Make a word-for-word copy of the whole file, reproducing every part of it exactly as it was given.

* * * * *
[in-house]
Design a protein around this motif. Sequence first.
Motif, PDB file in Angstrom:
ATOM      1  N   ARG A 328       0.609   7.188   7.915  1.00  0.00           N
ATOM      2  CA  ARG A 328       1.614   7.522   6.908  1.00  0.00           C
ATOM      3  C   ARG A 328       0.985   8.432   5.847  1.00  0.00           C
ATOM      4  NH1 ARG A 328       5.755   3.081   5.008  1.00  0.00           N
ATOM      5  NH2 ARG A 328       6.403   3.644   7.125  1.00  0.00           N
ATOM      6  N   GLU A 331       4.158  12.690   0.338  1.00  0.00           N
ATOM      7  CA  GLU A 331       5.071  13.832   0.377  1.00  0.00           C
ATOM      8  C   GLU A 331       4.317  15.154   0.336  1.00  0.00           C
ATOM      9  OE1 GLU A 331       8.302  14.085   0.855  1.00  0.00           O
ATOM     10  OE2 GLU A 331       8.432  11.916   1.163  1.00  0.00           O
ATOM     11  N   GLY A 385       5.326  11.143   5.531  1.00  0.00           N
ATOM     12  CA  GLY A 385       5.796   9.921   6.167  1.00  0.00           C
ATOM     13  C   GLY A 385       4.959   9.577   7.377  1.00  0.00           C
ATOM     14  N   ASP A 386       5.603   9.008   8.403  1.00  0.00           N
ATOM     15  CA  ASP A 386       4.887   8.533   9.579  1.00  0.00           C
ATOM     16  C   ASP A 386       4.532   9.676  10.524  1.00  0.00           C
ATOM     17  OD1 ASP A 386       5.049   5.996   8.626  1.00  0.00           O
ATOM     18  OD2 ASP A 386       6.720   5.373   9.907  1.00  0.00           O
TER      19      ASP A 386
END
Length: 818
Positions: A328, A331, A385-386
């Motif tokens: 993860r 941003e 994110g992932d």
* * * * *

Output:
[in-house]
Design a protein around this motif. Sequence first.
Motif, PDB file in Angstrom:
ATOM      1  N   ARG A 328       0.609   7.188   7.915  1.00  0.00           N
ATOM      2  CA  ARG A 328       1.614   7.522   6.908  1.00  0.00           C
ATOM      3  C   ARG A 328       0.985   8.432   5.847  1.00  0.00           C
ATOM      4  NH1 ARG A 328       5.755   3.081   5.008  1.00  0.00           N
ATOM      5  NH2 ARG A 328       6.403   3.644   7.125  1.00  0.00           N
ATOM      6  N   GLU A 331       4.158  12.690   0.338  1.00  0.00           N
ATOM      7  CA  GLU A 331       5.071  13.832   0.377  1.00  0.00           C
ATOM      8  C   GLU A 331       4.317  15.154   0.336  1.00  0.00           C
ATOM      9  OE1 GLU A 331       8.302  14.085   0.855  1.00  0.00           O
ATOM     10  OE2 GLU A 331       8.432  11.916   1.163  1.00  0.00           O
ATOM     11  N   GLY A 385       5.326  11.143   5.531  1.00  0.00           N
ATOM     12  CA  GLY A 385       5.796   9.921   6.167  1.00  0.00           C
ATOM     13  C   GLY A 385       4.959   9.577   7.377  1.00  0.00           C
ATOM     14  N   ASP A 386       5.603   9.008   8.403  1.00  0.00           N
ATOM     15  CA  ASP A 386       4.887   8.533   9.579  1.00  0.00           C
ATOM     16  C   ASP A 386       4.532   9.676  10.524  1.00  0.00           C
ATOM     17  OD1 ASP A 386       5.049   5.996   8.626  1.00  0.00           O
ATOM     18  OD2 ASP A 386       6.720   5.373   9.907  1.00  0.00           O
TER      19      ASP A 386
END
Length: 818
Positions: A328, A331, A385-386
């Motif tokens: 993860r 941003e 994110g992932d």